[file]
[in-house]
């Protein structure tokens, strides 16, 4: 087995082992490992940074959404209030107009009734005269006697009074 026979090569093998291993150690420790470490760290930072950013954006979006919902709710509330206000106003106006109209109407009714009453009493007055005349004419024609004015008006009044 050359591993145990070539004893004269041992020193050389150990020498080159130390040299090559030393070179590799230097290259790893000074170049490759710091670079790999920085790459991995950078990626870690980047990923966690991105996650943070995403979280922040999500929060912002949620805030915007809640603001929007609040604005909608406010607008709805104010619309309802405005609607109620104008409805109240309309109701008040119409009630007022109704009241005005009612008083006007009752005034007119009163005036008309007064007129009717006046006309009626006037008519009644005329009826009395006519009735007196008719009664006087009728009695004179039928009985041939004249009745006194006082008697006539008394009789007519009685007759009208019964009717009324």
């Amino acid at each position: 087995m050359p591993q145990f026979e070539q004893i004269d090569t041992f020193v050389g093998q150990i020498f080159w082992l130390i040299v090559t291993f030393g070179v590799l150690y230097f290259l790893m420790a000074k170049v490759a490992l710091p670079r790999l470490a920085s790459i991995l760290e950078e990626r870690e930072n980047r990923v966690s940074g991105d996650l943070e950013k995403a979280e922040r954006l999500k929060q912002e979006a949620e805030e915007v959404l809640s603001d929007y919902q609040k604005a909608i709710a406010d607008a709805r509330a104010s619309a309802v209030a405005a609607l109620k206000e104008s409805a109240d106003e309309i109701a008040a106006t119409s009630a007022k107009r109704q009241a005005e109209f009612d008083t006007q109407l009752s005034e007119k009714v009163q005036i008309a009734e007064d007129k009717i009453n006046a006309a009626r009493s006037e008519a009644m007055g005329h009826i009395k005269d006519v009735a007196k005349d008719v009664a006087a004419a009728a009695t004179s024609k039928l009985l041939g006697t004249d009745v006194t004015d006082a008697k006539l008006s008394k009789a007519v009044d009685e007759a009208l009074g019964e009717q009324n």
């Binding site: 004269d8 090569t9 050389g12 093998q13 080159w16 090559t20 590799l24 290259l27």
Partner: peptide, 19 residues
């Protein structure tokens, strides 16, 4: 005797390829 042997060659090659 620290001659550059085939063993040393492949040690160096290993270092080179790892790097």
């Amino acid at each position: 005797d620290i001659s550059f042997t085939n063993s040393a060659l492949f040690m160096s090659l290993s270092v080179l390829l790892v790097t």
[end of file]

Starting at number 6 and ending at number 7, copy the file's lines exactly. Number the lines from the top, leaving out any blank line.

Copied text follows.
């Protein structure tokens, strides 16, 4: 005797390829 042997060659090659 620290001659550059085939063993040393492949040690160096290993270092080179790892790097």
């Amino acid at each position: 005797d620290i001659s550059f042997t085939n063993s040393a060659l492949f040690m160096s090659l290993s270092v080179l390829l790892v790097t």